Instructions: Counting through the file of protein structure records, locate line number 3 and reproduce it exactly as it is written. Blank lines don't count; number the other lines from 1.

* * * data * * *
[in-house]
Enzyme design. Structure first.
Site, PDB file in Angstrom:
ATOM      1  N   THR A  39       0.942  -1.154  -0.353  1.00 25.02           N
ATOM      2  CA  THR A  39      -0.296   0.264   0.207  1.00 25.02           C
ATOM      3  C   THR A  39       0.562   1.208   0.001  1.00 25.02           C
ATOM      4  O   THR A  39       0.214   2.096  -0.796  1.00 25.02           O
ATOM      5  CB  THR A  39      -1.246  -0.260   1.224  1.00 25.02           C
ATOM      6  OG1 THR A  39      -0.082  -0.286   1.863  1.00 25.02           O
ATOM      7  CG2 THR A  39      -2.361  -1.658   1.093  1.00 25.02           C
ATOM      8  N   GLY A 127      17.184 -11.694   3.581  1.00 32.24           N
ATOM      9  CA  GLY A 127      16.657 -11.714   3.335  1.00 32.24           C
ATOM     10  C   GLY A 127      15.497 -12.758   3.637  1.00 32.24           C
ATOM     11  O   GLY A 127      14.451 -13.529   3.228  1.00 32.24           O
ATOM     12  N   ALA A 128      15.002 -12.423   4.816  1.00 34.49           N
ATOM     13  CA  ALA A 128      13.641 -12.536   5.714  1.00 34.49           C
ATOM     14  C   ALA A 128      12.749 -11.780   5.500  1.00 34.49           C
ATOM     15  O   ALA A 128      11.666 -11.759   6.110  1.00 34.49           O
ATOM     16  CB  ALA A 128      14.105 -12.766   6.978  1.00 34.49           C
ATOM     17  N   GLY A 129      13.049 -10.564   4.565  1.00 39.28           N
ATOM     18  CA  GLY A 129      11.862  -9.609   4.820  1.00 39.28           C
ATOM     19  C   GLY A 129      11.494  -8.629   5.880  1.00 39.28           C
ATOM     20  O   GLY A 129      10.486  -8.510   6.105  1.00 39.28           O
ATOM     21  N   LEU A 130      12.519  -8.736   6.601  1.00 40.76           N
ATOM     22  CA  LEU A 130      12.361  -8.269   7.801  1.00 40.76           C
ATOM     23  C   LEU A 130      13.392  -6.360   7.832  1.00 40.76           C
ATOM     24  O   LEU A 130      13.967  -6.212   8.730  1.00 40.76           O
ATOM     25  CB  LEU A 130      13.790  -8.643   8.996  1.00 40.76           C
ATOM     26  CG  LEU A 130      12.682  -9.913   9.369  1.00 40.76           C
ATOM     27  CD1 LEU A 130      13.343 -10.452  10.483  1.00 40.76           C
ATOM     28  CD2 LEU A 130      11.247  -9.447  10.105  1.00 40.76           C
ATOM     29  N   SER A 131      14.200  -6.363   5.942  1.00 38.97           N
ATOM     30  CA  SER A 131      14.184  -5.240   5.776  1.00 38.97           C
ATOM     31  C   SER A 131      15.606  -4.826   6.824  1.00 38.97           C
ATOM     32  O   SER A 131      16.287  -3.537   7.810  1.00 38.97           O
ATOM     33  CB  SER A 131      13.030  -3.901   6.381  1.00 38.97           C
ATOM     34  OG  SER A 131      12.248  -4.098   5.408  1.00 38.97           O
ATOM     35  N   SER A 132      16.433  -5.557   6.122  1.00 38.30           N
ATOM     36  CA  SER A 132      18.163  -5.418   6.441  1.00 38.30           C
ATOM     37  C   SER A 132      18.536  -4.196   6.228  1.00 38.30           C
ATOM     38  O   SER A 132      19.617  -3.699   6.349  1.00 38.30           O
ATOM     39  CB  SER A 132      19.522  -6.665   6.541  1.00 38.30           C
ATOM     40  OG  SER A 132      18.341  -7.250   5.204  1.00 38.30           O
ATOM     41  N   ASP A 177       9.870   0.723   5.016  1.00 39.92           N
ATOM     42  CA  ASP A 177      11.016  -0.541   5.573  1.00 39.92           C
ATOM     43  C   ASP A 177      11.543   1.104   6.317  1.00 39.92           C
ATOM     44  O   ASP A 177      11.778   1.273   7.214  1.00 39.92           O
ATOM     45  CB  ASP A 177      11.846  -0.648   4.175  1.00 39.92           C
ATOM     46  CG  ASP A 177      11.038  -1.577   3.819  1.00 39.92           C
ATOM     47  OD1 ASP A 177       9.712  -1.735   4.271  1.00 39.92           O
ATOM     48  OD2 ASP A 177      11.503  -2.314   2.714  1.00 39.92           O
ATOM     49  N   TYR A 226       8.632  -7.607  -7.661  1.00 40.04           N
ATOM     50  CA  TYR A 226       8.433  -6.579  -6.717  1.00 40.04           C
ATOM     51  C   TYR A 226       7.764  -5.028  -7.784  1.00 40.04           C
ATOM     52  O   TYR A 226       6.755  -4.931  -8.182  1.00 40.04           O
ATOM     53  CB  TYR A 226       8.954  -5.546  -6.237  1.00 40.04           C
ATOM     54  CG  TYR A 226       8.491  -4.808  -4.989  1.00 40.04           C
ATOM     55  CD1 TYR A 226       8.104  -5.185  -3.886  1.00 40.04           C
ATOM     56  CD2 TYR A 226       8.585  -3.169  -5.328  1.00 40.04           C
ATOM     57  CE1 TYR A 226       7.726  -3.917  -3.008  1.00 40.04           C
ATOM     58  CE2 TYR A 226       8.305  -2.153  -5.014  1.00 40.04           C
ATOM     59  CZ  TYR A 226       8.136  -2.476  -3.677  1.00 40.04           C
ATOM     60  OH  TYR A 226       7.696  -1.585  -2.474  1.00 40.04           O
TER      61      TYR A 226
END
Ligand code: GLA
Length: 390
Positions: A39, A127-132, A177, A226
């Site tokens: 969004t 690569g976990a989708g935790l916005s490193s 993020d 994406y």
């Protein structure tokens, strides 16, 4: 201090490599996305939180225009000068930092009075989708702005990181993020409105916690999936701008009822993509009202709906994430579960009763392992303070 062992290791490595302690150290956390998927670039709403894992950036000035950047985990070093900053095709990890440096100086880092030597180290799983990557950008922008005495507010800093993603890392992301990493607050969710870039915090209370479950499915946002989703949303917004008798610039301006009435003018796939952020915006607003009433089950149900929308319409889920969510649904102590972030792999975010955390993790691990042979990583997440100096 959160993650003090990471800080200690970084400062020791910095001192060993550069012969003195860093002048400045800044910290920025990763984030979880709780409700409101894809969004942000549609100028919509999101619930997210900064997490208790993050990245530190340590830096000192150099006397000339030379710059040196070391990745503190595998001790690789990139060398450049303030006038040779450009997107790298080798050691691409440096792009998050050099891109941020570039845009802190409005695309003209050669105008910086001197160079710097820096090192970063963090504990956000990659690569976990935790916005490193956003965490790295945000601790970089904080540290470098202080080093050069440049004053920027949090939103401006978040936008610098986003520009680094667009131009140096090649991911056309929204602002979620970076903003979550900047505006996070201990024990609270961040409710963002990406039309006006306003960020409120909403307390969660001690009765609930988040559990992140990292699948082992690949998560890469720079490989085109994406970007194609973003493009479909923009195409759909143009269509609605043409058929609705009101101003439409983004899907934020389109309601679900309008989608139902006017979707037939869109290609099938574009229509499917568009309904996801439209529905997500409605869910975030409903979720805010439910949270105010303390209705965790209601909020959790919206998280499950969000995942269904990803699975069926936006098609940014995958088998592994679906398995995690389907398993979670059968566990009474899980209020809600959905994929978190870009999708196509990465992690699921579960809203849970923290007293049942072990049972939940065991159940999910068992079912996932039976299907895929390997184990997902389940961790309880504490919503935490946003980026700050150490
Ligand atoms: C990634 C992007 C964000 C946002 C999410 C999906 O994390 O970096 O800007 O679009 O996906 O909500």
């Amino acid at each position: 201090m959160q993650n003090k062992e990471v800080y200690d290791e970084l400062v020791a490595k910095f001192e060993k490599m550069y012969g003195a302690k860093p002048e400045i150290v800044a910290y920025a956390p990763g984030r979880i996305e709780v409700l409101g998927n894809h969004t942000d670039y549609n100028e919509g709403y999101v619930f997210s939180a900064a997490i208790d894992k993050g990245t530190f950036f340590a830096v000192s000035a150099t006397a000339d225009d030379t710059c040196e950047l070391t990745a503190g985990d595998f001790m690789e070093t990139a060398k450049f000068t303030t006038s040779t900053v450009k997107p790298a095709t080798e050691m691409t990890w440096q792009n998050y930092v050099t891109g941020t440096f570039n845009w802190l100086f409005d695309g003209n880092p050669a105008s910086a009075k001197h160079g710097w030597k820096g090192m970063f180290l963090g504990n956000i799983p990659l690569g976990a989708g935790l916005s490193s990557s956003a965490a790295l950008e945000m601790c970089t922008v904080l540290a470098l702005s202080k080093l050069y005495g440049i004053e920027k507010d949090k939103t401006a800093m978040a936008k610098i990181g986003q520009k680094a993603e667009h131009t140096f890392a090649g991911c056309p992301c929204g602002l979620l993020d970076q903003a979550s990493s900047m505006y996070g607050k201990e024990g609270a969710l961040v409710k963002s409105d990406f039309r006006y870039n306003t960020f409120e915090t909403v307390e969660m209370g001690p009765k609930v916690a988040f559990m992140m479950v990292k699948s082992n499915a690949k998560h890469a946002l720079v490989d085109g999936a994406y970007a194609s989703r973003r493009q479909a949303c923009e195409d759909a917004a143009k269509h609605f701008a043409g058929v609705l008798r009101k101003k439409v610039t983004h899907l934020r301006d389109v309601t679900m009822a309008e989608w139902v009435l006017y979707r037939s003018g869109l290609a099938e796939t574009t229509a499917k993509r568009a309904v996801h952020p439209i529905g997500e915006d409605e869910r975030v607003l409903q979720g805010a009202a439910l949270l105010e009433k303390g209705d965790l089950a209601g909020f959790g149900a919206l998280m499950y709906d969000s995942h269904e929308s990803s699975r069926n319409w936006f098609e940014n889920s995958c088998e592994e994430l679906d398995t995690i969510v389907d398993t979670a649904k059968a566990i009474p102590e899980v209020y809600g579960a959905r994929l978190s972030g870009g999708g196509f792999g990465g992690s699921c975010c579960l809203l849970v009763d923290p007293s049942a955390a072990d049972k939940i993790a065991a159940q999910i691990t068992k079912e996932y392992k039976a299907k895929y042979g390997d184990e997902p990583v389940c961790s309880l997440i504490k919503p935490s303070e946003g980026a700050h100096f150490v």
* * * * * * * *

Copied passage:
Site, PDB file in Angstrom: